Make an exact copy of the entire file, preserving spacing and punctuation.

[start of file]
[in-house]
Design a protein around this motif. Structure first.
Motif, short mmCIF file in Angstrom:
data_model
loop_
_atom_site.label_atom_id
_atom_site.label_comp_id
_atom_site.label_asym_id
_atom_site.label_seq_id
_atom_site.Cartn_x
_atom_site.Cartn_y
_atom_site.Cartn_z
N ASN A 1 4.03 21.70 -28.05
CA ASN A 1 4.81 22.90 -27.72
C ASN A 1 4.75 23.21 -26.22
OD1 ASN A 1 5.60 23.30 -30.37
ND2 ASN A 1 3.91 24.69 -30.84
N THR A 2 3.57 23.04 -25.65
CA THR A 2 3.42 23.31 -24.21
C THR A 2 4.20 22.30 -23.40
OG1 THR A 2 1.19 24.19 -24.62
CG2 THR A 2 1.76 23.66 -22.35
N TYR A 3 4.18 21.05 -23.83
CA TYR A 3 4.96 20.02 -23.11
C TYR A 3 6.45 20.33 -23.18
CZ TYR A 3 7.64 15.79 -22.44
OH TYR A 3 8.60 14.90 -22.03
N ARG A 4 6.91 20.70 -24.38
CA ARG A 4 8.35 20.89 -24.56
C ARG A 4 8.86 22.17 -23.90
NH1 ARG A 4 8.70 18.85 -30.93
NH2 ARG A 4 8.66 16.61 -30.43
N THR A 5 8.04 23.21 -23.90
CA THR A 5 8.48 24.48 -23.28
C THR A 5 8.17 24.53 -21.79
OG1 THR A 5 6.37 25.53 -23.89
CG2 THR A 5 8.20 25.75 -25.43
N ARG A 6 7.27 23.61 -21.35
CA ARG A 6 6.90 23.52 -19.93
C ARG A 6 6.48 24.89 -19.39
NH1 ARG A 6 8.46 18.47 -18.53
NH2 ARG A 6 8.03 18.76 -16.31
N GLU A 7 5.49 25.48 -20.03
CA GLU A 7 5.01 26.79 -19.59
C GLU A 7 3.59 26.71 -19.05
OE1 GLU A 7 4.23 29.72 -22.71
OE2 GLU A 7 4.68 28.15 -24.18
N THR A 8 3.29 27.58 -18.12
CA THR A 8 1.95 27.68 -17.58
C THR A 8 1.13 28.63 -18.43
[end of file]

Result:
[in-house]
Design a protein around this motif. Structure first.
Motif, short mmCIF file in Angstrom:
data_model
loop_
_atom_site.label_atom_id
_atom_site.label_comp_id
_atom_site.label_asym_id
_atom_site.label_seq_id
_atom_site.Cartn_x
_atom_site.Cartn_y
_atom_site.Cartn_z
N ASN A 1 4.03 21.70 -28.05
CA ASN A 1 4.81 22.90 -27.72
C ASN A 1 4.75 23.21 -26.22
OD1 ASN A 1 5.60 23.30 -30.37
ND2 ASN A 1 3.91 24.69 -30.84
N THR A 2 3.57 23.04 -25.65
CA THR A 2 3.42 23.31 -24.21
C THR A 2 4.20 22.30 -23.40
OG1 THR A 2 1.19 24.19 -24.62
CG2 THR A 2 1.76 23.66 -22.35
N TYR A 3 4.18 21.05 -23.83
CA TYR A 3 4.96 20.02 -23.11
C TYR A 3 6.45 20.33 -23.18
CZ TYR A 3 7.64 15.79 -22.44
OH TYR A 3 8.60 14.90 -22.03
N ARG A 4 6.91 20.70 -24.38
CA ARG A 4 8.35 20.89 -24.56
C ARG A 4 8.86 22.17 -23.90
NH1 ARG A 4 8.70 18.85 -30.93
NH2 ARG A 4 8.66 16.61 -30.43
N THR A 5 8.04 23.21 -23.90
CA THR A 5 8.48 24.48 -23.28
C THR A 5 8.17 24.53 -21.79
OG1 THR A 5 6.37 25.53 -23.89
CG2 THR A 5 8.20 25.75 -25.43
N ARG A 6 7.27 23.61 -21.35
CA ARG A 6 6.90 23.52 -19.93
C ARG A 6 6.48 24.89 -19.39
NH1 ARG A 6 8.46 18.47 -18.53
NH2 ARG A 6 8.03 18.76 -16.31
N GLU A 7 5.49 25.48 -20.03
CA GLU A 7 5.01 26.79 -19.59
C GLU A 7 3.59 26.71 -19.05
OE1 GLU A 7 4.23 29.72 -22.71
OE2 GLU A 7 4.68 28.15 -24.18
N THR A 8 3.29 27.58 -18.12
CA THR A 8 1.95 27.68 -17.58
C THR A 8 1.13 28.63 -18.43